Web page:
Background: Although palliative care consultation is recommended early in the course of oncology treatment, little evidence exists to guide the nature of this intervention. We describe a clinical practice of early palliative care consultation that improved quality of life, mood, and survival in a randomized clinical trial.
Methods: As part of a randomized trial of early palliative care versus standard care in patients with newly diagnosed metastatic non-small cell lung cancer (NSCLC), we analyzed documentation of the components of the initial palliative care consultation, self-reported quality of life as measured by the Functional Assessment of Cancer Therapy-Lung Trial Outcome Index (FACT-L TOI), and mood as measured by the Patient Health Questionnaire-9 (PHQ-9).
Results: Seven palliative care clinicians provided consultation to 67 patients. The median total time spent with patients for the initial visit was 55 minutes (range, 20-120). Consultations focused on symptom management (median, 20 minutes; range, 0-75), patient and family coping (median, 15 minutes; range, 0-78), and illness understanding and education (median, 10 minutes; range, 0-35). Lower quality of life as measured by the FACT-L TOI predicted greater consultation time (odds ratio [OR] 0.95, 95% confidence interval [CI] 0.91-0.99). Additionally, lower quality of life scores on the FACT-L TOI (OR = 0.93, 95% CI = 0.88-0.97) and higher depression scores on the PHQ-9 (OR = 1.15, 95% CI = 1.02-1.31) predicted greater time spent on symptom management.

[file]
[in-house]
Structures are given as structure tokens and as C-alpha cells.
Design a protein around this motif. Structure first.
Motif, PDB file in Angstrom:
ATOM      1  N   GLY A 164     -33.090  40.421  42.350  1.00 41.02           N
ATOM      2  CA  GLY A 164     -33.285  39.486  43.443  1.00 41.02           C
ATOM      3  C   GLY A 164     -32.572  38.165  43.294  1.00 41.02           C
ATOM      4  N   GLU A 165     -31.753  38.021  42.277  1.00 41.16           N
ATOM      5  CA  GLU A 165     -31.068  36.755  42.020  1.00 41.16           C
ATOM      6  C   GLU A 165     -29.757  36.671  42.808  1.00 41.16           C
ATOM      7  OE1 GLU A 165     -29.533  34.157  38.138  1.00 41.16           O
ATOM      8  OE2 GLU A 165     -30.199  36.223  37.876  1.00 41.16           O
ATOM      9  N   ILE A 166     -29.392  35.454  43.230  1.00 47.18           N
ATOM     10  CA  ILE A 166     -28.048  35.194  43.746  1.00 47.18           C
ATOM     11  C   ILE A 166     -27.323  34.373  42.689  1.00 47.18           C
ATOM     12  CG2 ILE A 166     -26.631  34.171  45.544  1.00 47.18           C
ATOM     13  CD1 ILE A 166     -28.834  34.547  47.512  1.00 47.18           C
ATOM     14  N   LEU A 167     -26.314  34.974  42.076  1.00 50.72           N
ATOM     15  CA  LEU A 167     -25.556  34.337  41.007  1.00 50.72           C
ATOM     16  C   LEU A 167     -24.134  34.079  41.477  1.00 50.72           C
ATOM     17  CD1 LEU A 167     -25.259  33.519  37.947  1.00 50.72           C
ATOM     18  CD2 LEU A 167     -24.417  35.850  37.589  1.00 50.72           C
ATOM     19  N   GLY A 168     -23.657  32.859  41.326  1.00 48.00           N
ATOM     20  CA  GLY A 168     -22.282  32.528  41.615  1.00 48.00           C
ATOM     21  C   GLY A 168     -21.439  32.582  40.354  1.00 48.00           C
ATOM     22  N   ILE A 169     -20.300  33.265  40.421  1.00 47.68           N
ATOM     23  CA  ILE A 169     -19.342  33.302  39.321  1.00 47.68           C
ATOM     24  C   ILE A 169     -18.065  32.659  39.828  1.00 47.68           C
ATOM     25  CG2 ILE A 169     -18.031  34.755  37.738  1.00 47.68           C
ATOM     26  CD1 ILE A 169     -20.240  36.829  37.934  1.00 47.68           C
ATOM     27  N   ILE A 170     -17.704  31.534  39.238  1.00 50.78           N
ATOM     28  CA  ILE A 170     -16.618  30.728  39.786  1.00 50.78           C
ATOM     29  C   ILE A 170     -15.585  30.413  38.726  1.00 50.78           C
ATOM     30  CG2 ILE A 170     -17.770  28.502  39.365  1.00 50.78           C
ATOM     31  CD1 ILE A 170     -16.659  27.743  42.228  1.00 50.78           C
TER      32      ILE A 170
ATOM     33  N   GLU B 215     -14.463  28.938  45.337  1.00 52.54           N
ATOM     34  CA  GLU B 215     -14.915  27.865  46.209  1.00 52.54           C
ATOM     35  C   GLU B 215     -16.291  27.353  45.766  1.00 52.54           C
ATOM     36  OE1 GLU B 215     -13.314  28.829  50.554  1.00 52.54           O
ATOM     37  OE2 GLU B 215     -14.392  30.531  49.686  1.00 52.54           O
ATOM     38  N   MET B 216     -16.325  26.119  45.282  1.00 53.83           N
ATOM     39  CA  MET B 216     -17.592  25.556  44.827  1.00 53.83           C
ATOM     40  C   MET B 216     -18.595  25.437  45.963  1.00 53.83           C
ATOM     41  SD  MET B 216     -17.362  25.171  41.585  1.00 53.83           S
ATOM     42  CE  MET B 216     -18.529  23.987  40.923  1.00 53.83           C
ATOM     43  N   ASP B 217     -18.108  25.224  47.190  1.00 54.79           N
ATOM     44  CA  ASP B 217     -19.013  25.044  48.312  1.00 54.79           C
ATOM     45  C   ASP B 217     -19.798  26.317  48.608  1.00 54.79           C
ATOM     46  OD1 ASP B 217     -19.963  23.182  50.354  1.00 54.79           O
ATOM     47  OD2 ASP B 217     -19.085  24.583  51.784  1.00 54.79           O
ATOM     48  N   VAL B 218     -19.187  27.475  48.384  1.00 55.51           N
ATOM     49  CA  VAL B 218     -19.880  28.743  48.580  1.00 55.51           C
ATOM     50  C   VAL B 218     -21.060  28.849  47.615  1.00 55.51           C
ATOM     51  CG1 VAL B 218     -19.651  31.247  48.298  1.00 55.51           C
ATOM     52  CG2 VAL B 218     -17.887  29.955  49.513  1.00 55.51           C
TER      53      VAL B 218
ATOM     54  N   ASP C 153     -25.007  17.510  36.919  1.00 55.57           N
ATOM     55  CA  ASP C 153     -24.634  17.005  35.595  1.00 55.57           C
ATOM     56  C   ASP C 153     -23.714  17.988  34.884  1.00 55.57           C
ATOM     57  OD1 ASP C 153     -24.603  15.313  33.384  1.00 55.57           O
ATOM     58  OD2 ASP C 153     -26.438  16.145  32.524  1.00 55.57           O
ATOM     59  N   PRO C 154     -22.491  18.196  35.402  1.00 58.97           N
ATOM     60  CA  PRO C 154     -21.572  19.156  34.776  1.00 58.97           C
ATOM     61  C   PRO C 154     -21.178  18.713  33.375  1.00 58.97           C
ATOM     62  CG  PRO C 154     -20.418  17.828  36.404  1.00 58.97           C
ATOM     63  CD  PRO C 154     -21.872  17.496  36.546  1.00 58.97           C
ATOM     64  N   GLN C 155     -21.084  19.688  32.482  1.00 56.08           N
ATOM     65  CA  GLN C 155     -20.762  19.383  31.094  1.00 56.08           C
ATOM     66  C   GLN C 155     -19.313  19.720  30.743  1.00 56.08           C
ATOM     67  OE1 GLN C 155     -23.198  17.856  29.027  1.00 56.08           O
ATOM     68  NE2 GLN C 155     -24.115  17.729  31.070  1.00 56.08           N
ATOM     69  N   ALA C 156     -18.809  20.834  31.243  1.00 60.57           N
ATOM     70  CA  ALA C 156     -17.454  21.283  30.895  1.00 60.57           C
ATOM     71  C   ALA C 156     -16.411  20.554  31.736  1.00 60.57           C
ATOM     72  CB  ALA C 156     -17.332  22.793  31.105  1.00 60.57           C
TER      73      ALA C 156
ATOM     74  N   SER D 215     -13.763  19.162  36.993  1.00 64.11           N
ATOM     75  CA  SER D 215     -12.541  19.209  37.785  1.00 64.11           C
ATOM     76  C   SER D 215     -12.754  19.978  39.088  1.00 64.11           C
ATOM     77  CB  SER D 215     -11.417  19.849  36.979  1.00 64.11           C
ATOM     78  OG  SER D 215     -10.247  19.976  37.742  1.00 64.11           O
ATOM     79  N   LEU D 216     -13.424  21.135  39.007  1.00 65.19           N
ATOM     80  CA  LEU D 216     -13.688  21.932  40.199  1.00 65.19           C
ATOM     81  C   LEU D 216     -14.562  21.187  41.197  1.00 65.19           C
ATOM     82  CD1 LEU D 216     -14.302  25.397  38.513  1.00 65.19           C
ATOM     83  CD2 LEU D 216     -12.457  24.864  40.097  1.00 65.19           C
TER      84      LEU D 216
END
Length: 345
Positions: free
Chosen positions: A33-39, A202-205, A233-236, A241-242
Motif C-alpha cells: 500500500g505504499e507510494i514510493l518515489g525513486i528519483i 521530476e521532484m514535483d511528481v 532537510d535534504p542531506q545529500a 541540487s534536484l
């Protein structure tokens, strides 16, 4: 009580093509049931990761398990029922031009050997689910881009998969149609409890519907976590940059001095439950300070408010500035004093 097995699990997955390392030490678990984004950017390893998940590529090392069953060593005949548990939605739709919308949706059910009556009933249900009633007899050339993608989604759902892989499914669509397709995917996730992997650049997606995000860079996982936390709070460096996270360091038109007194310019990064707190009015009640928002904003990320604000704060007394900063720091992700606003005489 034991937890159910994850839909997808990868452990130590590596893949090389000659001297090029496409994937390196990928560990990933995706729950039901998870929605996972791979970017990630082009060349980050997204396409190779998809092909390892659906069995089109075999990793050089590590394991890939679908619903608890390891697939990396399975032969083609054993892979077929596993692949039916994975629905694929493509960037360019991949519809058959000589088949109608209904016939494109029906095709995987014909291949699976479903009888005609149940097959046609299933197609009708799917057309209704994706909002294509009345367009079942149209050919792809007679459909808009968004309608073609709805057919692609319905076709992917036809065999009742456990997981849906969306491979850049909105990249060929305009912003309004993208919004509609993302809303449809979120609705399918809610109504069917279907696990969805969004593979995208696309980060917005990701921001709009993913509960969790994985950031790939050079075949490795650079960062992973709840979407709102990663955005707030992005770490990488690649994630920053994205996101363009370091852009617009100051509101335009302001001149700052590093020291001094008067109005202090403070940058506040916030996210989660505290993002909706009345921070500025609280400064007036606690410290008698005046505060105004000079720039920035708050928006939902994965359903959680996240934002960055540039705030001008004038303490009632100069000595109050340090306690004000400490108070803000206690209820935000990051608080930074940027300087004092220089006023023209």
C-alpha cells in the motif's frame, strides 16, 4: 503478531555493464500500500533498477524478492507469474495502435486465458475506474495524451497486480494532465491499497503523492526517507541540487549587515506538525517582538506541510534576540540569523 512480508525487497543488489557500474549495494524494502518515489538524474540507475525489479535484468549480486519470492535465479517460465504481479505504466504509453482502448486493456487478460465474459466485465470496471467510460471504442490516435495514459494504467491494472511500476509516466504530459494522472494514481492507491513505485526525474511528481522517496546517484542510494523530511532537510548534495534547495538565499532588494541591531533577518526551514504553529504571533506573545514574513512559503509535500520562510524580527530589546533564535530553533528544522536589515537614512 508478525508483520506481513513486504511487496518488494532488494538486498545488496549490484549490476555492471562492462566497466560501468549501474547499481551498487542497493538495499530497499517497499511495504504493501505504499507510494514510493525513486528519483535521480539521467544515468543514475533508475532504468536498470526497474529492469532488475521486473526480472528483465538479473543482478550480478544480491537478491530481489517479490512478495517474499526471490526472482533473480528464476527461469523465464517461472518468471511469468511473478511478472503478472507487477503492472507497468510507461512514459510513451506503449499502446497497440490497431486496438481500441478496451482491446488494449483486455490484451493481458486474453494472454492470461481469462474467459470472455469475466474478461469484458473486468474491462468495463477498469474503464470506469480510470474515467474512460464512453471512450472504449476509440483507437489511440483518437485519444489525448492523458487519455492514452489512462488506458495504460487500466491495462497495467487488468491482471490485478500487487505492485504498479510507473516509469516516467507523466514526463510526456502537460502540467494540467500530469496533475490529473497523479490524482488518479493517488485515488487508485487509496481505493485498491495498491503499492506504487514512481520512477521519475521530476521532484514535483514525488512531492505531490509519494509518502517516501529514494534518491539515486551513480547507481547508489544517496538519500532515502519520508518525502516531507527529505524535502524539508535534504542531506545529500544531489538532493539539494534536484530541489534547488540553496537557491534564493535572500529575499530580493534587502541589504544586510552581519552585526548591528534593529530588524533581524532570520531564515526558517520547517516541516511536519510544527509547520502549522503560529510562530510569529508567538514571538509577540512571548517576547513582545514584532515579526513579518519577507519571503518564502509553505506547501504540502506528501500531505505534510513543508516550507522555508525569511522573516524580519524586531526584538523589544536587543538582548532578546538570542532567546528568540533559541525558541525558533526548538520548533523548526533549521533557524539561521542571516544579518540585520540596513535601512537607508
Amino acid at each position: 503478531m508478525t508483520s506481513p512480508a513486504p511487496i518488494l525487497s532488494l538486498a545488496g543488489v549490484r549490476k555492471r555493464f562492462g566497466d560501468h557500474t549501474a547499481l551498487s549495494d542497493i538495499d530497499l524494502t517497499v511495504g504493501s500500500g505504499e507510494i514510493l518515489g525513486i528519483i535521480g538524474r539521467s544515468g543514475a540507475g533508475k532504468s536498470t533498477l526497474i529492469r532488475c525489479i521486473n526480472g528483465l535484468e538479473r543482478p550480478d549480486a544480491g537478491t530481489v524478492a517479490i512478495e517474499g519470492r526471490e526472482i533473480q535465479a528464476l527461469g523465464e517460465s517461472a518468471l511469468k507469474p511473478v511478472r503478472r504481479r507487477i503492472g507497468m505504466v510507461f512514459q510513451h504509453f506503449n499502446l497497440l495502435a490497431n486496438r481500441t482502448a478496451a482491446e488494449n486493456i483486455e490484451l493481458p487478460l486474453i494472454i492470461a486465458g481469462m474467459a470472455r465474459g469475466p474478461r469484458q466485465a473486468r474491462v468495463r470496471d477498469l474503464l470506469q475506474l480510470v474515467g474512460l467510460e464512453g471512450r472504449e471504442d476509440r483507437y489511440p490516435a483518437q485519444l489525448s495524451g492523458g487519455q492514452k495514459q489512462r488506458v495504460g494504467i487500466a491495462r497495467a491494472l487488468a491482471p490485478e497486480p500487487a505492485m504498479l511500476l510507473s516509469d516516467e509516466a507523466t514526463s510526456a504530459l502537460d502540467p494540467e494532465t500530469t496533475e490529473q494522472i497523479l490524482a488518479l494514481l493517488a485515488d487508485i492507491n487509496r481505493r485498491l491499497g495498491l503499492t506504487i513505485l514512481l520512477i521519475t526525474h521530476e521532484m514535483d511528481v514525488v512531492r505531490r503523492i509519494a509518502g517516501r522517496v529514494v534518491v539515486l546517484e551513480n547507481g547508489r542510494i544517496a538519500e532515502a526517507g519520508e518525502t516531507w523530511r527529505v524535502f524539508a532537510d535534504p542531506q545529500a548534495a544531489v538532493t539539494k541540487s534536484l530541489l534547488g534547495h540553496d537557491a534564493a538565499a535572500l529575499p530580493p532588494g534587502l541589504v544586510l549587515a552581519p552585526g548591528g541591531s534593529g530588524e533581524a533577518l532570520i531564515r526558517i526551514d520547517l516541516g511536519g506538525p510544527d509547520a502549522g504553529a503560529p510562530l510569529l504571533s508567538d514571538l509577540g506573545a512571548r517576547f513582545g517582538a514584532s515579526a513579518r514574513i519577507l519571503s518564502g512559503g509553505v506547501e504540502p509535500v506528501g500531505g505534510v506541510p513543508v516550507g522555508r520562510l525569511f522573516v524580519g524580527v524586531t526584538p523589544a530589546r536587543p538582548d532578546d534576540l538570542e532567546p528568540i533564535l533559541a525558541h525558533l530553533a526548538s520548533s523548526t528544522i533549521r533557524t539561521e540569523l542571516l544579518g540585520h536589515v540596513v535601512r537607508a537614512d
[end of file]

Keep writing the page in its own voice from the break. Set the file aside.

Conclusions: Initial palliative care consultation near the time of diagnosis in patients with metastatic NSCLC in this intervention is nearly an hour in length and largely addresses symptom management, patient and family coping, and illness understanding and education. Lower quality of life predicted longer consultations, with more time dedicated specifically to symptom management.